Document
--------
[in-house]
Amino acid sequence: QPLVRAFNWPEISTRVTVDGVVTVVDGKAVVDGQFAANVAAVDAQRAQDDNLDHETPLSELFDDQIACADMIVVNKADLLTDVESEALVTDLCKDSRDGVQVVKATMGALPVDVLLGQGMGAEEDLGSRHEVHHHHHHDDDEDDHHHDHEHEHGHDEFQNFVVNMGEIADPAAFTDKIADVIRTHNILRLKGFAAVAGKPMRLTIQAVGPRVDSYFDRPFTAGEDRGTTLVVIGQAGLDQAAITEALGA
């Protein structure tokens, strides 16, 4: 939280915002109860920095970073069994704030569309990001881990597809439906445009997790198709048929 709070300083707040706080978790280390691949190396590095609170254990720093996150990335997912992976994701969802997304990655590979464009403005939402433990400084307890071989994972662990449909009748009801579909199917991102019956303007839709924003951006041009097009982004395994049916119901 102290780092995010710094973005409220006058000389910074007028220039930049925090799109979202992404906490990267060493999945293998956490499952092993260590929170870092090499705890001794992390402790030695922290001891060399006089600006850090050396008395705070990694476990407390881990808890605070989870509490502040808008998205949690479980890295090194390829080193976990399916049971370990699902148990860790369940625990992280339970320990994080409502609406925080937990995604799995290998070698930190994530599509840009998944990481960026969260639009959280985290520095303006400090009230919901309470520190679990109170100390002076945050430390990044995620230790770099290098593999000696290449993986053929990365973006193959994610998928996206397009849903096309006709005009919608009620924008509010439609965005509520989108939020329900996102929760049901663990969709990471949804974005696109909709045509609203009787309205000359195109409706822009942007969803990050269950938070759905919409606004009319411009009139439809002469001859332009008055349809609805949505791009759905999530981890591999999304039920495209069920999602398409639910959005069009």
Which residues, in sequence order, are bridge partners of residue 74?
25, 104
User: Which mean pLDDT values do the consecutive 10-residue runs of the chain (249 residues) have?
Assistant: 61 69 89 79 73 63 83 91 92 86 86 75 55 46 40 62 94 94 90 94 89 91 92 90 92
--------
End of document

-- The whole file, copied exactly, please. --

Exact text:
[in-house]
Amino acid sequence: QPLVRAFNWPEISTRVTVDGVVTVVDGKAVVDGQFAANVAAVDAQRAQDDNLDHETPLSELFDDQIACADMIVVNKADLLTDVESEALVTDLCKDSRDGVQVVKATMGALPVDVLLGQGMGAEEDLGSRHEVHHHHHHDDDEDDHHHDHEHEHGHDEFQNFVVNMGEIADPAAFTDKIADVIRTHNILRLKGFAAVAGKPMRLTIQAVGPRVDSYFDRPFTAGEDRGTTLVVIGQAGLDQAAITEALGA
């Protein structure tokens, strides 16, 4: 939280915002109860920095970073069994704030569309990001881990597809439906445009997790198709048929 709070300083707040706080978790280390691949190396590095609170254990720093996150990335997912992976994701969802997304990655590979464009403005939402433990400084307890071989994972662990449909009748009801579909199917991102019956303007839709924003951006041009097009982004395994049916119901 102290780092995010710094973005409220006058000389910074007028220039930049925090799109979202992404906490990267060493999945293998956490499952092993260590929170870092090499705890001794992390402790030695922290001891060399006089600006850090050396008395705070990694476990407390881990808890605070989870509490502040808008998205949690479980890295090194390829080193976990399916049971370990699902148990860790369940625990992280339970320990994080409502609406925080937990995604799995290998070698930190994530599509840009998944990481960026969260639009959280985290520095303006400090009230919901309470520190679990109170100390002076945050430390990044995620230790770099290098593999000696290449993986053929990365973006193959994610998928996206397009849903096309006709005009919608009620924008509010439609965005509520989108939020329900996102929760049901663990969709990471949804974005696109909709045509609203009787309205000359195109409706822009942007969803990050269950938070759905919409606004009319411009009139439809002469001859332009008055349809609805949505791009759905999530981890591999999304039920495209069920999602398409639910959005069009």
Which residues, in sequence order, are bridge partners of residue 74?
25, 104
User: Which mean pLDDT values do the consecutive 10-residue runs of the chain (249 residues) have?
Assistant: 61 69 89 79 73 63 83 91 92 86 86 75 55 46 40 62 94 94 90 94 89 91 92 90 92